Glastonbury's Emily Eavis: 'We will definitely do a festival somewhere else'
As the full Glastonbury lineup is revealed, the organiser discusses this year’s tributes and the event’s future plans
As Glastonbury announces its full lineup for 2016, with Damon Albarn, Tame Impala, Christine and the Queens and more added to the bill, Emily Eavis has addressed rumours regarding this year’s festival, and the event’s future ambitions.
Discussing previous suggestions that the festival may move from the Worthy Farm site in Somerset to another location, Eavis denied this would be the case, but revealed the organisers behind Glastonbury would host a new event “in 2019 or 2018, but probably 2019,” in a new location.
“We are going to do a show somewhere else with the same team behind Glastonbury but it hasn’t got a name yet and we’re still not entirely sure what shape it’s going to take,” she told the Guardian. “For now we’re all [focused] on Worthy Farm. We’re not thinking too far down that road because we’re quite busy with this one at the moment!”
A number of established names have been newly confirmed for 2016’s event: Damon Albarn and the Africa Express musicians will join The Orchestra of Syrian Musicians opening the Pyramid stage on Friday morning, Aussie psych group Tame Impala will warm up the stage for Adele on Saturday night, while other new additions include White Denim, Michael Kiwanuka, Anoushka Shankar, the Shibusashirazu Orchestra, Mystery Jets, Alessia Cara and Rat Boy.
This year’s festival will also pay tribute to the many icons the music world has lost in the past 12 months. Footage from David Bowie’s 2000 performance will be screened across the site this year, while the careers of Lemmy and Prince will also be celebrated throughout the weekend.
“There will be all sorts of things popping up all the time. At the moment we’ve got a few Prince visual tributes and a few late night parties in Block 9 and various other places across the site,” said Eavis. “With Bowie we’re going to put the [Aladdin Sane] flash on the Pyramid stage. Obviously with his relationship with the festival going back so far to 1971, we really wanted to mark it as if it were his stage, because he had such a relationship with Glastonbury. We are also doing a Lemmy tribute on the Other stage which is really good but it has to remain a surprise because if I try to explain what we’re trying to make it look like it wouldn’t sound half as good as it’s going to be!”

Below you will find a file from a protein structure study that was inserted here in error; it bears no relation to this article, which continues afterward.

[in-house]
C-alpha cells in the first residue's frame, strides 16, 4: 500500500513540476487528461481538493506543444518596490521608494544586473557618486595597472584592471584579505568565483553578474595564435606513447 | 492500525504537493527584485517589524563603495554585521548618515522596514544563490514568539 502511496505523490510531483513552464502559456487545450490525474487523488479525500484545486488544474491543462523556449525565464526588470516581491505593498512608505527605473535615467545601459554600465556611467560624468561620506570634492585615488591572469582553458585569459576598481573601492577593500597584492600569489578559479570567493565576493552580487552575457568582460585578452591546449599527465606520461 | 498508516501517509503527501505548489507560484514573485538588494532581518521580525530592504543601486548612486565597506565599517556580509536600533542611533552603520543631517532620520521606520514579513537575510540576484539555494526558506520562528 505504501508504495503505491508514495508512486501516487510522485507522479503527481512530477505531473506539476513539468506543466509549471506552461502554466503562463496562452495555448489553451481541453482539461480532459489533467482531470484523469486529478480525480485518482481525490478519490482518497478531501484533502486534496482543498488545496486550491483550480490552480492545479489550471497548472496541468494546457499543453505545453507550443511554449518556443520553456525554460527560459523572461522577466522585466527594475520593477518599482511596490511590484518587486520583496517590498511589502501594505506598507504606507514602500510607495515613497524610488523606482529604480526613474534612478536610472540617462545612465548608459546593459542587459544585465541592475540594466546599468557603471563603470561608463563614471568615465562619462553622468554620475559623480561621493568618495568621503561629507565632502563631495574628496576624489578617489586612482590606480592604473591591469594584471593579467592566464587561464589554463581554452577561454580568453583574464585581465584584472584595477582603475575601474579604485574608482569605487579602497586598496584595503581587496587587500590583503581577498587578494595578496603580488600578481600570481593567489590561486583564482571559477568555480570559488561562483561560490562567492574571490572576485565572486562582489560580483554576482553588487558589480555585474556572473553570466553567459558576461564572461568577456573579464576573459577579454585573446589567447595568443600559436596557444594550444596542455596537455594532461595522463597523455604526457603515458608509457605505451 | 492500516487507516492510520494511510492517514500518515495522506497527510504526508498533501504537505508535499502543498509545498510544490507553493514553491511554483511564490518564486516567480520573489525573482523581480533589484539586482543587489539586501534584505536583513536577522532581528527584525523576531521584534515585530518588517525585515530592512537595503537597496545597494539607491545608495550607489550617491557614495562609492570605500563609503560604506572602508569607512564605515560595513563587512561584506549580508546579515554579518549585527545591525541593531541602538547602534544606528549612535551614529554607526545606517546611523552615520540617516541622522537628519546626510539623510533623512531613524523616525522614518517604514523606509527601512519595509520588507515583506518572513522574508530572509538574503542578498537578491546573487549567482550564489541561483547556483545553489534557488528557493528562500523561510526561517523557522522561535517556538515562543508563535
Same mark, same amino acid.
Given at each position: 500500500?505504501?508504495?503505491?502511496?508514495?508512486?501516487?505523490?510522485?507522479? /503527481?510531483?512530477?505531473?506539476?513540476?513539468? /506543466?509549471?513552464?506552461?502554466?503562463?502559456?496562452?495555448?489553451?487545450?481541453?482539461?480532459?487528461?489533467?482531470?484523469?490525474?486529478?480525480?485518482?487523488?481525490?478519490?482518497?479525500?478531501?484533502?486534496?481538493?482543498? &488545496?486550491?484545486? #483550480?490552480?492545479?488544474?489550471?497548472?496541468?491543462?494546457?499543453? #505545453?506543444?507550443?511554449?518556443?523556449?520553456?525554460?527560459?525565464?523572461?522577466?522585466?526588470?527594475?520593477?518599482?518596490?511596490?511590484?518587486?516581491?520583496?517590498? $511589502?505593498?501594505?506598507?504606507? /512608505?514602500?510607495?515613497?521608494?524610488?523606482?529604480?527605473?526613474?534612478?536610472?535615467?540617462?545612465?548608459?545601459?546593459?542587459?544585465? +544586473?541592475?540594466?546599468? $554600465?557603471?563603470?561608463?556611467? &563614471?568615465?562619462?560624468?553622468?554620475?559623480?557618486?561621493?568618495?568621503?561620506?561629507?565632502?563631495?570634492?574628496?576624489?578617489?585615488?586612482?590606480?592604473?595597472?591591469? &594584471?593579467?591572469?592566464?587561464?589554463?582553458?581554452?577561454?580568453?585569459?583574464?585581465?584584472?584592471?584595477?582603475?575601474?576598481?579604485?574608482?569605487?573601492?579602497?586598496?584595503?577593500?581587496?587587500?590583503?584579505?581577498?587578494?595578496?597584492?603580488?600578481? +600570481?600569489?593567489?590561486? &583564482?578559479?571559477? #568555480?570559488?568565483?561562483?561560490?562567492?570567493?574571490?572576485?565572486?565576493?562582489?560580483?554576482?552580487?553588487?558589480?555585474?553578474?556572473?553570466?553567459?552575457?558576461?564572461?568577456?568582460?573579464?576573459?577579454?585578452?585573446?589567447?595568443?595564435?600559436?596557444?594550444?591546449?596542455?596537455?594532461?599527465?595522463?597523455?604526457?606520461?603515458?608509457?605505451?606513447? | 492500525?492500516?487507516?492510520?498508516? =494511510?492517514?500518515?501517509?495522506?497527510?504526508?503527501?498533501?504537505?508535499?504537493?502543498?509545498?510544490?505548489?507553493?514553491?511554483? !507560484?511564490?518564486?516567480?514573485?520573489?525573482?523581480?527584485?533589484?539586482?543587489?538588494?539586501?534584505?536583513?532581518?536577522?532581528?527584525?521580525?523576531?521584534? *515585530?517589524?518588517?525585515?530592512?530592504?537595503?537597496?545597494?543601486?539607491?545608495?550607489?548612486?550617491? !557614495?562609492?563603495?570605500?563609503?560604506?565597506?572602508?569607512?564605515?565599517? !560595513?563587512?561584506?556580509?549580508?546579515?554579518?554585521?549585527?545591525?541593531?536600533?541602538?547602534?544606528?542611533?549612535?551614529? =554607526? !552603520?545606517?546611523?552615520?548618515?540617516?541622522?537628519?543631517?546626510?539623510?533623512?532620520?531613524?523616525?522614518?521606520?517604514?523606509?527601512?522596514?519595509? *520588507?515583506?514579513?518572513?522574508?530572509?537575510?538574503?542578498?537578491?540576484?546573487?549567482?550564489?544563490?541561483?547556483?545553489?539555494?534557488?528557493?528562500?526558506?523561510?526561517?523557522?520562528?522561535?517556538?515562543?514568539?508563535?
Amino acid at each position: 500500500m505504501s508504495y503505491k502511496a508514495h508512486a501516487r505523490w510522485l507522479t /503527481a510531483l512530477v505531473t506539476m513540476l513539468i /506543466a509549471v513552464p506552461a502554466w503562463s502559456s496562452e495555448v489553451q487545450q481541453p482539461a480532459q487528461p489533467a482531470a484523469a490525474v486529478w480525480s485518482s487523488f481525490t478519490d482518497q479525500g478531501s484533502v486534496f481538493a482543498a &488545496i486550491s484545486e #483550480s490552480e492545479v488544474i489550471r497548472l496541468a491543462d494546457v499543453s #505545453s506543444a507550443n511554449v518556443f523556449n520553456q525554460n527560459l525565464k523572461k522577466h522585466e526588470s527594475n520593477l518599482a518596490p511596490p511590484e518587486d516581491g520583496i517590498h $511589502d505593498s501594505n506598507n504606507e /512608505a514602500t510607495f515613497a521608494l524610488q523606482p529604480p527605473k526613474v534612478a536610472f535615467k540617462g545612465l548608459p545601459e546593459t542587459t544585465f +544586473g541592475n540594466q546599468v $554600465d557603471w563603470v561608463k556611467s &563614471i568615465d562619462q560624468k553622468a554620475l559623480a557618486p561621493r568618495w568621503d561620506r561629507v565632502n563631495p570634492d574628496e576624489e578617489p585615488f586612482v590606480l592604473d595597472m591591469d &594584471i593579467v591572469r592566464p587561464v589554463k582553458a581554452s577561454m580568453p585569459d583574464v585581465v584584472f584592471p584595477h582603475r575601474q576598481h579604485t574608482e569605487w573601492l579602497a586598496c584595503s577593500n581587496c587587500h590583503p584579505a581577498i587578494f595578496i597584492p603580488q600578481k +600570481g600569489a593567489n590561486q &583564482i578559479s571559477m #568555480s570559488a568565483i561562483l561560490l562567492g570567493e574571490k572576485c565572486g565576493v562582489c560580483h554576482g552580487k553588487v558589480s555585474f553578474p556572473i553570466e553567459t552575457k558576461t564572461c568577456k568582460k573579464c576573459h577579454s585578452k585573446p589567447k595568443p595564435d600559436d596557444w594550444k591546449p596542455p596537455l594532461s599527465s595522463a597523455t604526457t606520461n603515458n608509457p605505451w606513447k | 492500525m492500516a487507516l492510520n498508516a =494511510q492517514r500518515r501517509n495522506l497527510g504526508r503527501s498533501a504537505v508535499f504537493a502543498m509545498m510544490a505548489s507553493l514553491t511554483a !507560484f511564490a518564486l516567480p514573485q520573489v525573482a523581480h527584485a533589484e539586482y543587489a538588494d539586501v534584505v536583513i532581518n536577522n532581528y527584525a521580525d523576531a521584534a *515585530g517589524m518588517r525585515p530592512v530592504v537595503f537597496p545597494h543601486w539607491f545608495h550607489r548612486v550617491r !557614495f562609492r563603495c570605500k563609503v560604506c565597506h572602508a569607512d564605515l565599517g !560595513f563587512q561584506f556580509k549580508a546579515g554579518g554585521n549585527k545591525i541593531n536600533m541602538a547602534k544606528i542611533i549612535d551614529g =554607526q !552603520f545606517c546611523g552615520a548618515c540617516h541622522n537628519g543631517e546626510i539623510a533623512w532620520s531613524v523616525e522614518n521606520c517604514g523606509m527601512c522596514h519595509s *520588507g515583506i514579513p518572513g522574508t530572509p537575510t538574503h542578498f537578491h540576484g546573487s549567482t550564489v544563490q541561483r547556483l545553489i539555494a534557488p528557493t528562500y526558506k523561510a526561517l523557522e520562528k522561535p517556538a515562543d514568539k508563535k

Eavis also stated that the festival had come close to booking Prince numerous times. “Prince was rumoured every year, and we often came close. He confirmed about three times then pulled out in recent years. Unfortunately it never happened. I don’t know why, but I think there was always a lot of tabloid rumour which didn’t help,” she explained.
Addressing Glastonbury’s “secret performer” slot – which Prince and David Bowie were often hoped to fulfil – Eavis denied the rumour that Radiohead would perform at 2016’s event. “There’s no planned Radiohead gig at the moment. But obviously we would love to have Radiohead back. Personally I’d love to have them play next year but at the moment there’s no confirmation, so we’ll have to see.”
A surprising addition to the lineup is the Lewisham and Greenwich NHS Choir, who will open up the Pyramid stage on Saturday morning – a particularly pertinent booking following the birth of Eavis’ third child.
“I’ve obviously got a very close relationship with the NHS having just had a baby and experiencing how incredible the whole NHS was, and also just talking to the staff about the experience of the cuts and what an impact that’s having on people. Seeing it firsthand, it really makes you treasure it and realise what an incredible thing it is,” says Eavis. “We just wanted to invite them down to perform here on the Pyramid and this feels like a year that’s more important than ever.”
Glastonbury festival takes place from Wednesday 22 to Sunday 26 June. Adele, Coldplay and Muse headline the main stage this year.